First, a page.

Last month, I wrote about drapery panel widths. This month, I’m going to talk about how high drapery panels should be.
Using some of the images I used on widths, I can also show the difference the height of the panels make. As you can see, below, mounting panels just above the window molding makes the space feel a little stumpy, doesn’t it?
How High Drapery Panels Should Be: Standard Window Heights
Hung higher, the space becomes immediately more elegant and also the ceilings feel higher. Basically, when the panels are hunger higher, they draw the eye upward which makes us think the ceilings are higher. Now, in this illustration, the room has a fairly standard 9′ ceiling height. It’s a little taller than average, but not super high.
How High Drapery Panels Should Be: Vaulted Ceilings
Here’s an example from a small project I did for a client. Her family room is fairly small (maybe 9′ deep x 14′ wide). In other words, the viewpoint of the camera is pretty much where the wall is. However, the ceiling vaults to about 14 feet high. There is a slider on the right which is nearly full height of that wall, about 7’6″ and there was a smallish window on the left side wall which was right up to the ceiling (not shown). When the client’s renovated this room and the adjacent kitchen, they vaulted this ceiling, but didn’t want to replace the double window.
So, as you can see above, the double window sits pretty low and small in the room. Skipping the window treatments would result in the space feeling fairly stumpy because the eye would only rest at about 6′.
Below is an example of drapery panels hung at window height. The added width is nice – making the window appear wider – but the height is still problematic.
If the same panels are hung about 18″ above the window, it definitely draws the eye up, but the window itself still seems super tiny.
Which is why bamboo shades (or you could do a fabric roman shade) are mounted just under the rod and down just below the top molding of the window. This allows the most light to come in, but tricks the eye into thinking the window is much larger (and therefor in proportion) to the scale of the room. In the case of these clients, they had not issues of privacy or need for light blocking. The window treatments are used solely to balance the space out and also add some softness and texture to the wall. This is also a much less expensive solution to replacing the window.
And, a side-by-side comparison. Higher is better, no?
How High Drapery Panels Should Be: Miscellaneous
Above is an promotional photo for Bali Blinds, so of course the blinds are featured. But it would have been nice to see the drapery hung a little higher, no?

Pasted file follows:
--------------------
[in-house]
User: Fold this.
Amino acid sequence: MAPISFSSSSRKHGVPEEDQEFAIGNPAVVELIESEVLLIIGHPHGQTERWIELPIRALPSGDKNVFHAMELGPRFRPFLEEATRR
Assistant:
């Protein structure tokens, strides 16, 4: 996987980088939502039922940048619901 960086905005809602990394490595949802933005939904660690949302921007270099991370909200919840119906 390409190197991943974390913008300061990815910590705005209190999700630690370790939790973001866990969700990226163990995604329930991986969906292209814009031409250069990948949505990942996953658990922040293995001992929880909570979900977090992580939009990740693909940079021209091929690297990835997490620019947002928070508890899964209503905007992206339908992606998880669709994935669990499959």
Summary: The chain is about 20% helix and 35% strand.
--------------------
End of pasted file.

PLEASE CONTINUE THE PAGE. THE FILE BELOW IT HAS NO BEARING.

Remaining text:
Another promotional shot – this from Ballard Designs and Suzanne Kasler’s product line. I like how the drapery is hung below the half-circles. I hate when they are hung above the circle top windows.
Well, firstly, how gorgeous is this dining room above? I love how the drapery is so full and luxe. We don’t see a lot of swagged treatments these days, but this is a great way to do it so it still feels modern. Given the light bleed through the bamboo shades, it looks that this is a triple window and super high. So, unlike some of the other examples, this is one where covering up the window brings the scale down to human proportions – which is very smart especially in a room which is meant for sitting.
And this is a gorgeous space with drapery panels hung high over the windows. What works about this is that the window treatments allow the gorgeous paneling to be highlighted. One of by big bug-a-boos about where drapery is often hung is that it ignores the architecture. Whether we’re trying to hide it, or highlight it, we have to consider it.
Here’s another vaulted ceiling. Don’t you love how they mimicked the shape of the ceiling with the valance treatment? I don’t know if the window itself is curved, but the shape of the valance gives the impression that it is. They achieved the perfect scale with this window – high enough to be generous but not so high that it seems too skinny.
Another of my bug-a-boos (I’m liking that word today!) is when there is too much wall space between the top of the window and the ceiling. So, I’m not of the option that highest possible is best. Splitting the difference, such as in this Sarah Richardson space really looks pretty. Plus, how pretty is this little “moment” on this stair landing.
And above is my Boston South End project where I split the difference between the window and crown molding. We mounted the sheer romans inside the window frame because we didn’t want to hide the newly refurbished walnut woodwork. BTW, the rod finials were huge – 6″ DIA I think!
We often hear the dictum – hand the drapery panels “high and wide”. I would say this makes sense only after the actual space is taken into account including the architecture and the volume and scale of the space. Even expensive custom treatments will be less costly than fixing the architecture itself!
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